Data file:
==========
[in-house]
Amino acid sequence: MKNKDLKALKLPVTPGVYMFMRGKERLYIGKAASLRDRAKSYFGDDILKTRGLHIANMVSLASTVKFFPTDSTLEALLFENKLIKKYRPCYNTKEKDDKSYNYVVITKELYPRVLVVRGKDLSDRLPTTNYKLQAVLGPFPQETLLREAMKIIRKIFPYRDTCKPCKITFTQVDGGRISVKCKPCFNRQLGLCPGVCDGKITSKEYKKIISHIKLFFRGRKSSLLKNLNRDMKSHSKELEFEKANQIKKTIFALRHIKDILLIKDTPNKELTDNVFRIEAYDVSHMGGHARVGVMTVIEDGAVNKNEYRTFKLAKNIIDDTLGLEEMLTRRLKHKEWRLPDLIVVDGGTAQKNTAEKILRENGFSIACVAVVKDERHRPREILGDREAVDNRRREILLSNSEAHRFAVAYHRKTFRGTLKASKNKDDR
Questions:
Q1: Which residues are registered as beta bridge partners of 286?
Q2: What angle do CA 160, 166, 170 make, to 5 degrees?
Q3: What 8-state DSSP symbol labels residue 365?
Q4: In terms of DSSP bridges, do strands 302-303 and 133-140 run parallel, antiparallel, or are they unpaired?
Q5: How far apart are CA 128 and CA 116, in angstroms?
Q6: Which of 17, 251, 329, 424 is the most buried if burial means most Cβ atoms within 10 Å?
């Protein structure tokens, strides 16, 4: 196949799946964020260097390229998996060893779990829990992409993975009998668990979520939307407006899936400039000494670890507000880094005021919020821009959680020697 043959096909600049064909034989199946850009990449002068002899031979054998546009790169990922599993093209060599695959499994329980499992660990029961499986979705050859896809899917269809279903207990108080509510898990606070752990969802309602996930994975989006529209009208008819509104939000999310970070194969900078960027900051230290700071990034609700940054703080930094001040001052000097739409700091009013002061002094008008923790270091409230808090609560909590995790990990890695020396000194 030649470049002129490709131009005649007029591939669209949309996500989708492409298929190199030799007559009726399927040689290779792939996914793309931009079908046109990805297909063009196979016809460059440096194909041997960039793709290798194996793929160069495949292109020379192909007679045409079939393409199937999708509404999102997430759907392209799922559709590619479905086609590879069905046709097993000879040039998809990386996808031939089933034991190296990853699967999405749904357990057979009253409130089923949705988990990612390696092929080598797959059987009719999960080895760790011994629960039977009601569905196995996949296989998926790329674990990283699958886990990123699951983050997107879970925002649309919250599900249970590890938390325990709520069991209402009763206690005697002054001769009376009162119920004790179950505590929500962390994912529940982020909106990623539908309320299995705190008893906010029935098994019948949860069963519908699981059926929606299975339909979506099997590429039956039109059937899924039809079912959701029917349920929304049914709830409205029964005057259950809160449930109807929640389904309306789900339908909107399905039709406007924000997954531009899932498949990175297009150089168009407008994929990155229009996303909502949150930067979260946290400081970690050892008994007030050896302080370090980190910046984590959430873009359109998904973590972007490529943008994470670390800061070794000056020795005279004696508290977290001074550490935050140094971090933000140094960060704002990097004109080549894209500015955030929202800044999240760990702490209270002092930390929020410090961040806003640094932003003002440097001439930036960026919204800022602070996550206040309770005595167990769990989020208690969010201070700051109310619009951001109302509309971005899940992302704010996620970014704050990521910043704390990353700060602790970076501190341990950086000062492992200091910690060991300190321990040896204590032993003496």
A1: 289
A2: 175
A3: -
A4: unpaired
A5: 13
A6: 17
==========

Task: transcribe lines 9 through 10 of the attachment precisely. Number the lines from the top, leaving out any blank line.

Q6: Which of 17, 251, 329, 424 is the most buried if burial means most Cβ atoms within 10 Å?
């Protein structure tokens, strides 16, 4: 196949799946964020260097390229998996060893779990829990992409993975009998668990979520939307407006899936400039000494670890507000880094005021919020821009959680020697 043959096909600049064909034989199946850009990449002068002899031979054998546009790169990922599993093209060599695959499994329980499992660990029961499986979705050859896809899917269809279903207990108080509510898990606070752990969802309602996930994975989006529209009208008819509104939000999310970070194969900078960027900051230290700071990034609700940054703080930094001040001052000097739409700091009013002061002094008008923790270091409230808090609560909590995790990990890695020396000194 030649470049002129490709131009005649007029591939669209949309996500989708492409298929190199030799007559009726399927040689290779792939996914793309931009079908046109990805297909063009196979016809460059440096194909041997960039793709290798194996793929160069495949292109020379192909007679045409079939393409199937999708509404999102997430759907392209799922559709590619479905086609590879069905046709097993000879040039998809990386996808031939089933034991190296990853699967999405749904357990057979009253409130089923949705988990990612390696092929080598797959059987009719999960080895760790011994629960039977009601569905196995996949296989998926790329674990990283699958886990990123699951983050997107879970925002649309919250599900249970590890938390325990709520069991209402009763206690005697002054001769009376009162119920004790179950505590929500962390994912529940982020909106990623539908309320299995705190008893906010029935098994019948949860069963519908699981059926929606299975339909979506099997590429039956039109059937899924039809079912959701029917349920929304049914709830409205029964005057259950809160449930109807929640389904309306789900339908909107399905039709406007924000997954531009899932498949990175297009150089168009407008994929990155229009996303909502949150930067979260946290400081970690050892008994007030050896302080370090980190910046984590959430873009359109998904973590972007490529943008994470670390800061070794000056020795005279004696508290977290001074550490935050140094971090933000140094960060704002990097004109080549894209500015955030929202800044999240760990702490209270002092930390929020410090961040806003640094932003003002440097001439930036960026919204800022602070996550206040309770005595167990769990989020208690969010201070700051109310619009951001109302509309971005899940992302704010996620970014704050990521910043704390990353700060602790970076501190341990950086000062492992200091910690060991300190321990040896204590032993003496």